[erlang-questions] non-atomic nature of mnesia:dirty_update_counter
Sun Mar 6 17:28:13 CET 2011
Nothing is promised with dirty_write don't use it.
Dirty read may be ok if you know what you are doing
but avoid dirty_write in multiple node system.
On Sun, Mar 6, 2011 at 5:12 PM, Ken Ellis <> wrote:
> Hi Ulf,
> Thanks for the clarification. I also went back to that User Guide and
> it does an admirable job of defining atomic as meaning the ACID
> all-or-nothing variety and not what for example you'd call atomic when
> incrementing counters within the linux kernel. My bad, forgot I was
> dealing with a database. So I think in that sense the
> dirty_update_counter is atomic across all nodes. I guess the question
> is when the users guide says atomicity is lost with dirty operations,
> what exactly is non-atomic about dirty_write or any dirty operation
> given that "Mnesia also ensures that all replicas of a table are
> updated if a dirty write operation is [successfully?] performed on a
> [any?] table". Isn't that the definition of all-or-nothing atomicity?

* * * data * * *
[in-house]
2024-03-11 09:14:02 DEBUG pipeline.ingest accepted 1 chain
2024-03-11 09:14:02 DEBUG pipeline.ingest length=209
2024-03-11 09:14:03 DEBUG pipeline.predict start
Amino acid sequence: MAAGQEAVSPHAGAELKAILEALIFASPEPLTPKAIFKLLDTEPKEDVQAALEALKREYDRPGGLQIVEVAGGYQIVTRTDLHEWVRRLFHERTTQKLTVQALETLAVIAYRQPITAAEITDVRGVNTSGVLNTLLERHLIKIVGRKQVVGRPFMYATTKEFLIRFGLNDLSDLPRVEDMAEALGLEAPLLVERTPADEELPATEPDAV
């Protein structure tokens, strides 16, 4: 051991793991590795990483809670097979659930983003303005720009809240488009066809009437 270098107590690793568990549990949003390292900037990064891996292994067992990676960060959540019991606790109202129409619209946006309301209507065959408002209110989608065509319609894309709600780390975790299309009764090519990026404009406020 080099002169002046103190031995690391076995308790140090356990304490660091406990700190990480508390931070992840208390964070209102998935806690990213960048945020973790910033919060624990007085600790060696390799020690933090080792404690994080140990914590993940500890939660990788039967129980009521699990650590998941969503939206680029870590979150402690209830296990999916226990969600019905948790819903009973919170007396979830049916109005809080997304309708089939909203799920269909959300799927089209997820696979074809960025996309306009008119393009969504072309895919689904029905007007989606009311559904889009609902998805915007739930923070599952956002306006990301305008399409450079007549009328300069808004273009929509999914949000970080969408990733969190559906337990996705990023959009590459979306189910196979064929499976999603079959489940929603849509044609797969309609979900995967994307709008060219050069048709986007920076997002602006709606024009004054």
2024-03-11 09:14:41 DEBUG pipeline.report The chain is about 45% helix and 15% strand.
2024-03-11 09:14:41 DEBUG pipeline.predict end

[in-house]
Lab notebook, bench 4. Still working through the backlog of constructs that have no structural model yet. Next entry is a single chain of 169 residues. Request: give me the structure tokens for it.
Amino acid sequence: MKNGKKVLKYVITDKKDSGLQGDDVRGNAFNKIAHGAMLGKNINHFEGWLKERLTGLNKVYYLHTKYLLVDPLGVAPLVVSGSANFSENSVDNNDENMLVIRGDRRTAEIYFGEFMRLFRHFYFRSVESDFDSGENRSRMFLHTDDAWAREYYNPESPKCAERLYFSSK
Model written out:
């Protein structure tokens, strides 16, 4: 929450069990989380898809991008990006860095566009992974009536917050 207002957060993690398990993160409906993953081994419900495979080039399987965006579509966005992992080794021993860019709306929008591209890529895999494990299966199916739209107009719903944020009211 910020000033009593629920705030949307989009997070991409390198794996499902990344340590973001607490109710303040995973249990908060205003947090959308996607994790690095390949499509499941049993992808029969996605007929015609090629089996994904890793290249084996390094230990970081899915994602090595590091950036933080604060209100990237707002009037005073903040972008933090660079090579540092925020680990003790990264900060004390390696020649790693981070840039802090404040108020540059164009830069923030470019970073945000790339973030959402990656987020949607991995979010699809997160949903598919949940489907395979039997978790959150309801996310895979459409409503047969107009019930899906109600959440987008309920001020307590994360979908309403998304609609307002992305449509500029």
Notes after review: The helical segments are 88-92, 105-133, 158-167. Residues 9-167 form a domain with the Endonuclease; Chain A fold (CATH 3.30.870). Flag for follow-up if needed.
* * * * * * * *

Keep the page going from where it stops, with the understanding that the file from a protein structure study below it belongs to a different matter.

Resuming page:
> Unless that statement is inaccurate, that would seem to mean all
> dirty_* operations are atomic, and that dirty is a reference to what
> an RDBMAS would call dirty reads, with an additional qualification
> that it can break isolation of transactions. Which by the way means
> there is no isolation guarantee for any transaction, since dirty
> operations compromise their isolation. (IMaybe filthy_* would be a
> better prefix :). But I suppose for now I'll take the statement about
> lack of atomicity as true, and that dirty writes can be only partially
> executed and can leave tables on different nodes in an inconsistent
> On Sun, Mar 6, 2011 at 2:19 AM, Ulf Wiger
> <> wrote:
>> On 6 Mar 2011, at 06:54, Ken Ellis wrote:
>> After running test_counter:run(5000,1) on each node simultaneously,
>> and comparing the files, i get 2893 duplicates out of 5000. Although
>> the counter has been incremented by 10000. I can't repro running on a
>> single node with a large number of processes, so it seems atomic in
>> that case.
>> It is exactly the single-node case that is atomic. The documentation should
>> spell this out.
>> The User Guide does say that you lose mnesia's atomicity and isolation
>> properties if you use dirty operations, which does seem to contradict what
>> is said about dirty_update_counter(), but what the Reference Manual (*and*
>> User Guide) should say is that dirty_update_counter() is atomic only in a
>> very limited context.
>> The User Guide does say something else that is, strictly speaking, wrong:
>> "It is not possible to have transaction protected updates of counter
>> It is of course possible - they are only records after all. You can do an
>> update counter inside a transaction through a combination of read() and
>> Ulf W
>> Ulf Wiger, CTO, Erlang Solutions, Ltd.
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